Bike Bros Motorcycle Dairies

“Are you traveling to work on that motorcycle a complete stranger, now asks me, while I began fueling up. Away from the gas pump island pergolas, a steady icy cold drizzling rain, is now slowly falling.”

NO, I reply.

“Then why are you traveling?”

– Just for traveling sakes, I say.

Today is Friday, February 12, 2021.

As the rain kept slowly falling, and I waited for Kevin and Mel to show, I thought about how our perception shapes all of our reality. That stranger earlier, saw my glass now as half empty. Whereas, my reality is that I’m still warm and dry; and soon I’ll be riding my motorcycle with other like minded friends.

“I can see clearly now the rain is gone.

I can see all obstacles in my way

Gone are the dark clouds that had me blind

It’s gonna be a bright (bright)

Bright (bright) sunshiny day…….. (Johnny Nash song, I can see clearly now)

Our perceptions of what we see profoundly impacts how we view and experience our daily life. The weather temperatures are now in the 50’s, to the east, I begin to see a break in the rain clouds.

We rode through Joshua Tree National park. Two of the must see places in the park are skull rock and Keyes view. The most popular view is key’s point where you lookout over the Coachella valley below, the San Andreas, fault, the Salton Sea, the San Jacinto mountains, Santa Rosa, just to name a few.

The weather now dropped another five degrees, to 50 degrees, no haze whatsoever, you could easily see as far as your eyesight and the curvature of the earth allow you to see.

We ate outstanding Mexican home cooked food outside the Joshua Tree park in the town of 29 Palms. What was comical was, we sat outside on the restaurant’s deck. The wind continues to blow steadily.

Scientists believe the main reason that birds face the same way on a wire is due to the direction of the wind. We now all faced the same way, with the wind to our backs; any other direction would ruffle our feathers.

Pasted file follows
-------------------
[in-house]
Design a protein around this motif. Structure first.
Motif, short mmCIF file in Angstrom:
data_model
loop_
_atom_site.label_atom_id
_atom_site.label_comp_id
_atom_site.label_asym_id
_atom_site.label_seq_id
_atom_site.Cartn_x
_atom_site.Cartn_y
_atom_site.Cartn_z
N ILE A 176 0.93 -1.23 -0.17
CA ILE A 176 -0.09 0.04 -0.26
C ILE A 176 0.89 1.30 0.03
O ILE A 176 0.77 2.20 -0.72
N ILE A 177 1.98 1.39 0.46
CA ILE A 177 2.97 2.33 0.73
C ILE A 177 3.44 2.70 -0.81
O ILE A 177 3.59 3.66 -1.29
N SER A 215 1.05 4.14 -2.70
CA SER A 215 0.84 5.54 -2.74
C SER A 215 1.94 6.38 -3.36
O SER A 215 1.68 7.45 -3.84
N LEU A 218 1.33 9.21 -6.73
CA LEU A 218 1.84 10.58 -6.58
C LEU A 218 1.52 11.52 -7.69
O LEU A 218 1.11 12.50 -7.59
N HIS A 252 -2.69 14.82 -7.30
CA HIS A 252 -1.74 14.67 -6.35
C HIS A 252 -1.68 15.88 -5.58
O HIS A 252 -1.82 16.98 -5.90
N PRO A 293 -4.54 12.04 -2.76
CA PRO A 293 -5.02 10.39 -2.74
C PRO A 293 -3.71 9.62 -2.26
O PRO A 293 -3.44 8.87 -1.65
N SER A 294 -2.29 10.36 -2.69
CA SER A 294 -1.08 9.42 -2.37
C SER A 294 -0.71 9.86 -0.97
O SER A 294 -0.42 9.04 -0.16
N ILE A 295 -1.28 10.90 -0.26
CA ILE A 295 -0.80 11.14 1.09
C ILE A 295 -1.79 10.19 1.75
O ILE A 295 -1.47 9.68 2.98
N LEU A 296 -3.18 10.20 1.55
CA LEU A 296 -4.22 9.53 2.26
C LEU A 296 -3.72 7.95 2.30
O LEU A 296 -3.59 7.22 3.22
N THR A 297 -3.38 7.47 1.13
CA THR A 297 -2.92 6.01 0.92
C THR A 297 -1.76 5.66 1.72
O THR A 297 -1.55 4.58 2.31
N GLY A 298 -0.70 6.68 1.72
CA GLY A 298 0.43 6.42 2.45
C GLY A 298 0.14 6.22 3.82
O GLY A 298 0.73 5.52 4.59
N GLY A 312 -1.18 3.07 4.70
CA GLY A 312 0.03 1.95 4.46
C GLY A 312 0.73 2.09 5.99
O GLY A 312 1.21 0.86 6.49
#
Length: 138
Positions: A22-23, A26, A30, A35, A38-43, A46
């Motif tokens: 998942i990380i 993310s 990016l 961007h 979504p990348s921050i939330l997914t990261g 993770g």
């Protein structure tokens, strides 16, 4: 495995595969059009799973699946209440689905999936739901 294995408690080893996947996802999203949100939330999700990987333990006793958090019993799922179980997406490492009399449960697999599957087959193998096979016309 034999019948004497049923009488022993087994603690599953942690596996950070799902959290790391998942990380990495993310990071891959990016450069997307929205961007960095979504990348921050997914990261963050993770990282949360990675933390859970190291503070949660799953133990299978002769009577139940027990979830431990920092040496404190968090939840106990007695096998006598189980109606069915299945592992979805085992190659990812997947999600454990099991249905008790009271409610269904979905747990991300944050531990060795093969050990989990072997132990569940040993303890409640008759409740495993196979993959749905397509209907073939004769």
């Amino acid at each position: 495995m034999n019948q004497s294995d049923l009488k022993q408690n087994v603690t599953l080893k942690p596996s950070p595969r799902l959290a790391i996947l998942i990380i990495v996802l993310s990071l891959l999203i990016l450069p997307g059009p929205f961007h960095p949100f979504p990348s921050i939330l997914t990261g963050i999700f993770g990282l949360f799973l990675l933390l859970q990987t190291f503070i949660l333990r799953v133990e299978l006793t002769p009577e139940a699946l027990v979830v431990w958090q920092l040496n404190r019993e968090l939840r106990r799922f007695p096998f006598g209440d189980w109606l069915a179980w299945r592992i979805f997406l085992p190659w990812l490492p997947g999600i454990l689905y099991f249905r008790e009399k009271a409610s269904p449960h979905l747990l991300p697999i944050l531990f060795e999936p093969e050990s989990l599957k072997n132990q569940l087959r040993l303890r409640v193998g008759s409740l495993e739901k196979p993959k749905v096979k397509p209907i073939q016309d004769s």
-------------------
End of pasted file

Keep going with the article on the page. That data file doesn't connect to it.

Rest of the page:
Is my lens now clear? Do I like what I see? For me, that’s all that matters. And that my friends is how our overnight motorcycle ride went.

The winds subsided at Laughlin, Nevada, our overnight location. The winds also subsided while we walked and visited Oatman, Arizona, the ghost town with wild burros strolling about the town.

Approximately nine hours later the five of us, Kevin, Mel, Al, Christian and your truly, are on the Nevada side of the Colorado river, vicinity of Laughlin, Nevada.

The town sprang up in the 1940s, as a place to house construction workers building Davis Dam (which formed Lake Mohave) and the miners in the area.

We’re thinking of coming back to Oatman with our own motorcycle version of a race bed. I think everyone volunteered Coach to ride it down the towns Main Street.

Once the dam was finished, in the 60’s, a Vegas casino owner saved the town from closing down; that guy was Don Laughlin.

But, while we began making our way home around the California border, Highways 62 to towards the 177, towards the 10 freeway; because it’s a desert, the Mojave desert winds now loaded up with particulate matter, from coarse sand down to the tiniest of dirt specks, none of which is very well anchored to the ground. Those winds now swirling around us, engulfing us at times. The National Weather Service defines “breezy” and “windy” differently, winds 15 to 25 mph are considered “breezy” and above 25 mph are considered “windy.” So, what are the winds now blowing that are from 30-40 mph called? We don’t know, so we just kept right on riding. At one point, we rode past a group of Harley riders now pulled over. Each group waved their arms fearlessly at the other, in unity and defiance of the winds. Still, we continued on. At times, we looked rather askewed, to one another, at the various degrees of motorcycle lean angles. It all depends at the gusts and the winds that now totally engulf us. I was having a great time riding, for I knew, that this riding day, were we to survive, would not too soon, repeat itself.

We came, we saw, we ate well, we made new memories, and shared new experiences, and now we’re even adept at riding in Mojave winds too.

Race the winds, ride the rain, chase the sunsets, sometimes, it takes a like minded person to understand.